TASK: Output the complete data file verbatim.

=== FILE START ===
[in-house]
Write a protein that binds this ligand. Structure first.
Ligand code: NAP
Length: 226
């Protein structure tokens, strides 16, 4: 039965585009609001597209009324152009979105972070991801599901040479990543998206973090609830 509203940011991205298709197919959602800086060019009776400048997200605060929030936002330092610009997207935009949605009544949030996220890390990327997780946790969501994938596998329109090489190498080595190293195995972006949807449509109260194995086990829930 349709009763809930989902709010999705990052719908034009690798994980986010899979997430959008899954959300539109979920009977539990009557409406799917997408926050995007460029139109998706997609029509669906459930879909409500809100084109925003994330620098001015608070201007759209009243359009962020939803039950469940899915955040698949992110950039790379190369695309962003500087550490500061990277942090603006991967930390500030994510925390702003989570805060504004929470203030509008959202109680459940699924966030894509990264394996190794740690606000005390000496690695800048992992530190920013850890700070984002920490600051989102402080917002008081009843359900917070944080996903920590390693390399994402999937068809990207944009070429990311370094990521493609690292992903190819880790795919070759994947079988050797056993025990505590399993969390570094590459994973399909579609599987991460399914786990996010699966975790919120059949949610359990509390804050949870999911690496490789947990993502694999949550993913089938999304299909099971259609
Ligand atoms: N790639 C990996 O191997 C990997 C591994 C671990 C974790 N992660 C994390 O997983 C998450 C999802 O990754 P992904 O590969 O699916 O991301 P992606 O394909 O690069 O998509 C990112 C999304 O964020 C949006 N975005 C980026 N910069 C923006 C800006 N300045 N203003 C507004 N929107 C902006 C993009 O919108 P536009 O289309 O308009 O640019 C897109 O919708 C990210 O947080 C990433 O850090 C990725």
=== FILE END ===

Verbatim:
[in-house]
Write a protein that binds this ligand. Structure first.
Ligand code: NAP
Length: 226
């Protein structure tokens, strides 16, 4: 039965585009609001597209009324152009979105972070991801599901040479990543998206973090609830 509203940011991205298709197919959602800086060019009776400048997200605060929030936002330092610009997207935009949605009544949030996220890390990327997780946790969501994938596998329109090489190498080595190293195995972006949807449509109260194995086990829930 349709009763809930989902709010999705990052719908034009690798994980986010899979997430959008899954959300539109979920009977539990009557409406799917997408926050995007460029139109998706997609029509669906459930879909409500809100084109925003994330620098001015608070201007759209009243359009962020939803039950469940899915955040698949992110950039790379190369695309962003500087550490500061990277942090603006991967930390500030994510925390702003989570805060504004929470203030509008959202109680459940699924966030894509990264394996190794740690606000005390000496690695800048992992530190920013850890700070984002920490600051989102402080917002008081009843359900917070944080996903920590390693390399994402999937068809990207944009070429990311370094990521493609690292992903190819880790795919070759994947079988050797056993025990505590399993969390570094590459994973399909579609599987991460399914786990996010699966975790919120059949949610359990509390804050949870999911690496490789947990993502694999949550993913089938999304299909099971259609
Ligand atoms: N790639 C990996 O191997 C990997 C591994 C671990 C974790 N992660 C994390 O997983 C998450 C999802 O990754 P992904 O590969 O699916 O991301 P992606 O394909 O690069 O998509 C990112 C999304 O964020 C949006 N975005 C980026 N910069 C923006 C800006 N300045 N203003 C507004 N929107 C902006 C993009 O919108 P536009 O289309 O308009 O640019 C897109 O919708 C990210 O947080 C990433 O850090 C990725």